Now, the Achumani district, in Zona Sur, is the centre of the German expat community. The Club Aleman is the reason for this change. With its white stone lobby and elegant wood terrace, it’s a throwback to another time. Nearby, the German school now has classes full of Bolivians, most of them members of the Club Aleman. But only 13 percent of Germans in Bolivia are members – an interesting development from the late 80s, a time before which non-Germans were prohibited from joining. Germans in Bolivia are still identified with National Socialism, but they are not criticised or confronted with it. And only occasionally do Bolivians greet their German neighbours with the Hitler salute.

Bolivians avoid acknowledging fascism’s bloody history because it was deeply rooted in their own political system for several years. The Bolivian Socialist Falange, established in 1937, was the country’s second-largest party between approximately 1954 and 1974. It was particularly strong in Santa Cruz and La Paz. One of the first sights Barbie saw after his arrival in La Paz was a march by FSB members. He later claimed that the sight of the uniformed, armband-wearing militants giving the Roman salute made him feel at home, and he soon sought out the party’s leading members and became close to them.

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After 1974, the followers of the Falange lent their support to various military regimes, including those of Generals. Hugo Banzer and Juan Pereda. But with the restoration of the democratic process in Bolivia, they have become much less influential.

Yet some remnants of Nazi ideology remain in Bolivia. Four years ago in Cochabamba, the German school choir from La Paz marched into the room with a Hitler salute. It caused a minor scandal but was quickly hushed up.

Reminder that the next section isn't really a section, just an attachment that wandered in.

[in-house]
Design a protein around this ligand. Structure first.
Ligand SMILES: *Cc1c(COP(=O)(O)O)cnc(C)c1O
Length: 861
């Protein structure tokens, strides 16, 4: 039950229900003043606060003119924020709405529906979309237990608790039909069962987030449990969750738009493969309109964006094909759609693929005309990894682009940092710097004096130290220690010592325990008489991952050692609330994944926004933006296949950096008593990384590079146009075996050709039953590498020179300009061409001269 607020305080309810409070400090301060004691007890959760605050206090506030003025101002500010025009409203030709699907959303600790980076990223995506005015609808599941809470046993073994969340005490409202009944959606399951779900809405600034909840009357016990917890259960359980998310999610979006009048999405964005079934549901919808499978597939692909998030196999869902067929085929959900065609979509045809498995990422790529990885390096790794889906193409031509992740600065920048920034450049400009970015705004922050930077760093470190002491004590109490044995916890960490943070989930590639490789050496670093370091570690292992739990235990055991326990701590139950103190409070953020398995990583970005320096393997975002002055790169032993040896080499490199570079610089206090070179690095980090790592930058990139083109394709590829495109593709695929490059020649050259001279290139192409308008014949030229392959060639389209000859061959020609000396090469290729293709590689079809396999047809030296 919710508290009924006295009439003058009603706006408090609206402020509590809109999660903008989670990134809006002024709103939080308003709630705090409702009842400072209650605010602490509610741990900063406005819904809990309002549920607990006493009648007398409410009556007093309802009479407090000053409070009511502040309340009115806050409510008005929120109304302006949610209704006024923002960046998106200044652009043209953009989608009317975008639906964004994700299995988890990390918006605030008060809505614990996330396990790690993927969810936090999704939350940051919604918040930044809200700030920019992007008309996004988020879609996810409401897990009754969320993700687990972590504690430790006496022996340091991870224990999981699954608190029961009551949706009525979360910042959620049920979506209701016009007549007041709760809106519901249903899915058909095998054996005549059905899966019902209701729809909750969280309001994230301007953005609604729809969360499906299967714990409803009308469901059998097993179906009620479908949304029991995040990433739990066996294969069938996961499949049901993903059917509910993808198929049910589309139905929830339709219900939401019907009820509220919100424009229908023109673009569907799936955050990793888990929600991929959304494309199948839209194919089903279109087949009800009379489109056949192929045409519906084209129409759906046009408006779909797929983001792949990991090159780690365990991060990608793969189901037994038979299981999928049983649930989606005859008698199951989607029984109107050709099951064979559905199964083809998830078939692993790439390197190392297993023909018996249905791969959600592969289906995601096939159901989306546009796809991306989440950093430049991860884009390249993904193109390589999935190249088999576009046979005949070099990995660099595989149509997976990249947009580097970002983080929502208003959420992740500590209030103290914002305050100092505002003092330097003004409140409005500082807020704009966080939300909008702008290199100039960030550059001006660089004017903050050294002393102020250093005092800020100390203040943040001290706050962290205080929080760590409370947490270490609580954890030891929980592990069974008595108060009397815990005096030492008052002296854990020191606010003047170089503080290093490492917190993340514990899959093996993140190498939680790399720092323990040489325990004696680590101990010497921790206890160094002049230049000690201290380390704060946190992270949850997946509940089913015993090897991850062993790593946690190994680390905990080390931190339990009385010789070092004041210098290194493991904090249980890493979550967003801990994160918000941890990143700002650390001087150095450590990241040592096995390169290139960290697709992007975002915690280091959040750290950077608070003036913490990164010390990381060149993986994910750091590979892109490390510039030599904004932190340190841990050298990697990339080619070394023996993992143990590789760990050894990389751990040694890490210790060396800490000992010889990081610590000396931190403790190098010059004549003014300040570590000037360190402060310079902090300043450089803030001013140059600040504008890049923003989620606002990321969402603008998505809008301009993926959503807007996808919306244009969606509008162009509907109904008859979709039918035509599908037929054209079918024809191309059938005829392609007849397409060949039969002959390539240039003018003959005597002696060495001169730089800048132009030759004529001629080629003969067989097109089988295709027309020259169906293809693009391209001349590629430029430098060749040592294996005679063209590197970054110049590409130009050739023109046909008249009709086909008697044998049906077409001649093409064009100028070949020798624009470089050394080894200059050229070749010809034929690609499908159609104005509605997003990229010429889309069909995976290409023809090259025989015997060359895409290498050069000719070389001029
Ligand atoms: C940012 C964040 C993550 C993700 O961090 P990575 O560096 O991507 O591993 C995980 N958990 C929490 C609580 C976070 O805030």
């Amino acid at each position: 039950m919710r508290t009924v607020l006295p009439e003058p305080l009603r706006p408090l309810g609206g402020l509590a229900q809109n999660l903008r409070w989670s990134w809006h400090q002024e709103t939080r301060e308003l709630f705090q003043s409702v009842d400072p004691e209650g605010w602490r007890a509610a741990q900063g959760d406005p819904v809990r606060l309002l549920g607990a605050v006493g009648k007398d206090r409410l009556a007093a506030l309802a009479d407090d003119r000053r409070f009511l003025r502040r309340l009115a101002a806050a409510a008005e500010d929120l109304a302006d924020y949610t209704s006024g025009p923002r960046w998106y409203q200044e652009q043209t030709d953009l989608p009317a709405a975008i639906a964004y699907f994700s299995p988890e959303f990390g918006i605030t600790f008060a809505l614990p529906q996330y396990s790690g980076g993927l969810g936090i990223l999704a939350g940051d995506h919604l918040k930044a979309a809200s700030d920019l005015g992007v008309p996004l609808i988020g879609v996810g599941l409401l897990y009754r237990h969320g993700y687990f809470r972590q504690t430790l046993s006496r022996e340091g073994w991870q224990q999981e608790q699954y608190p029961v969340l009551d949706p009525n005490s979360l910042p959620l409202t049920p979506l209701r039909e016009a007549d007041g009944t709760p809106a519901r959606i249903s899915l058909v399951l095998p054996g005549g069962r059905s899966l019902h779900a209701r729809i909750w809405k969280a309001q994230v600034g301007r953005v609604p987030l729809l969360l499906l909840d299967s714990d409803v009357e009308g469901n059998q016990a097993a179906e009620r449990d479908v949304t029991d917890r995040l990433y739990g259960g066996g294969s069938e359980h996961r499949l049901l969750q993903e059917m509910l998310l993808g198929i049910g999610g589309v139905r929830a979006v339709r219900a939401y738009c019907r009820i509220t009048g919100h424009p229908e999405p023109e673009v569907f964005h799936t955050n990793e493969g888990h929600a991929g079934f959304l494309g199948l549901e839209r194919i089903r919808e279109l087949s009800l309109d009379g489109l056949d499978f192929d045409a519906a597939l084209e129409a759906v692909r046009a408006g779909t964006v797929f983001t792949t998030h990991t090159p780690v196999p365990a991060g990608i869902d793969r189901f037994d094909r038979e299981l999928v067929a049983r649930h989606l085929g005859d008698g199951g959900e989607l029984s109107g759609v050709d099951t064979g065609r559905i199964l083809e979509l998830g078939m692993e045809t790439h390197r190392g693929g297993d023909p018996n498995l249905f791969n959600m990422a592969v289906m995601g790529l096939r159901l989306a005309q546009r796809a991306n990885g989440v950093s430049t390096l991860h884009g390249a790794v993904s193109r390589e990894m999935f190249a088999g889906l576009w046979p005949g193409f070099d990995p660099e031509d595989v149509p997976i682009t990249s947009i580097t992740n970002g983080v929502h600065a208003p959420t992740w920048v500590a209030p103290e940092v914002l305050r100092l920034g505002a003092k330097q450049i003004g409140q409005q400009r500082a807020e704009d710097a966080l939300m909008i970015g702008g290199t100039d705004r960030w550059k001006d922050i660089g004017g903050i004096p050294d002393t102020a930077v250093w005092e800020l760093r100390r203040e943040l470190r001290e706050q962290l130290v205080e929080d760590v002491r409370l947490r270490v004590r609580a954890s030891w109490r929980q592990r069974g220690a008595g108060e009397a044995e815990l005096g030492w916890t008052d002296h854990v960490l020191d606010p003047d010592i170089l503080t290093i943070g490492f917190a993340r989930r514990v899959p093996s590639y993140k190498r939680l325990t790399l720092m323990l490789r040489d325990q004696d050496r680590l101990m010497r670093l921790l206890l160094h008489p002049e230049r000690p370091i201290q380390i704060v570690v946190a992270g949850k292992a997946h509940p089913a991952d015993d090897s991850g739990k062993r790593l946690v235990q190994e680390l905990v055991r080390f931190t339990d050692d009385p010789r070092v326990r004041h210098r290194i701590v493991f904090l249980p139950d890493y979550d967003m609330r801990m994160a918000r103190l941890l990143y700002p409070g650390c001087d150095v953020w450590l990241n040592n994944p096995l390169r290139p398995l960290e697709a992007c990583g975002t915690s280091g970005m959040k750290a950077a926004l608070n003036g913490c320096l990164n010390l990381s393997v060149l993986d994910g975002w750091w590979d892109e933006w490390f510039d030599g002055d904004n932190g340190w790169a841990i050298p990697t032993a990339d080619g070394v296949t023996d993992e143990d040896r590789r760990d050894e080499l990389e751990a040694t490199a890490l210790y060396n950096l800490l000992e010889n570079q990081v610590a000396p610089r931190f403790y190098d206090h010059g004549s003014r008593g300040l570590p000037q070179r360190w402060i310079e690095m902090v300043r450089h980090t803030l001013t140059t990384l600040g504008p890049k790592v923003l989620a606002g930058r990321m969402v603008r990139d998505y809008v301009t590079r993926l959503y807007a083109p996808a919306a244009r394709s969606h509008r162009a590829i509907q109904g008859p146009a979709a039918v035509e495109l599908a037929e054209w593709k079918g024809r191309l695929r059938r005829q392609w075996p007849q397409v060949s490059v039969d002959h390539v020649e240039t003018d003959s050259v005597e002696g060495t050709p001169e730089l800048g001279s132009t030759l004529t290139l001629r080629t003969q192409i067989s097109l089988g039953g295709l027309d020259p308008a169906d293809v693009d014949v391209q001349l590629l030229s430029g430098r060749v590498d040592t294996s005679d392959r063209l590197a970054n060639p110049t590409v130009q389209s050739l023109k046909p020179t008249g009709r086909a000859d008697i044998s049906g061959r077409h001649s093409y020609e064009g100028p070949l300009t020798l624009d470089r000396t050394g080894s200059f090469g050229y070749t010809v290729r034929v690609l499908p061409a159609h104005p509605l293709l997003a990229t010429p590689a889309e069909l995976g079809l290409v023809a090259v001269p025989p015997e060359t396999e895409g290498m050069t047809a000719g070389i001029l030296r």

Bauer says that the public has forgotten about its Nazi connection. Germans introduced a ‘forced forgetting’ to protect their reputations. They want to maintain their high-status life in Achumani and remain integrated in Bolivian society. In Germany, every school kid has learnt about National Socialism. They’ve all been to a concentration camp and several war museums. They remember and are confronted with the past. However, the process of a huge public discussion about the war and an emergence of collective memory has yet to develop in Bolivia.

Nevertheless, Bauer sees a light at the end of this tunnel. He wants to establish a discussion evening at the Club Aleman about the Nazi past. ‘It will be a scandal, something like this has never happened before’, he says in his harsh voice. His attitude changes during our conversation, from reluctantly discussing Bolivia’s dark chapter of history to embracing the notion of some sort of absolution through historical confrontation and acknowledgment. Nearly 70 years after the defeat of Nazism in Europe, Bolivia is finally ready to confront its own embrace of that barbarous ideology.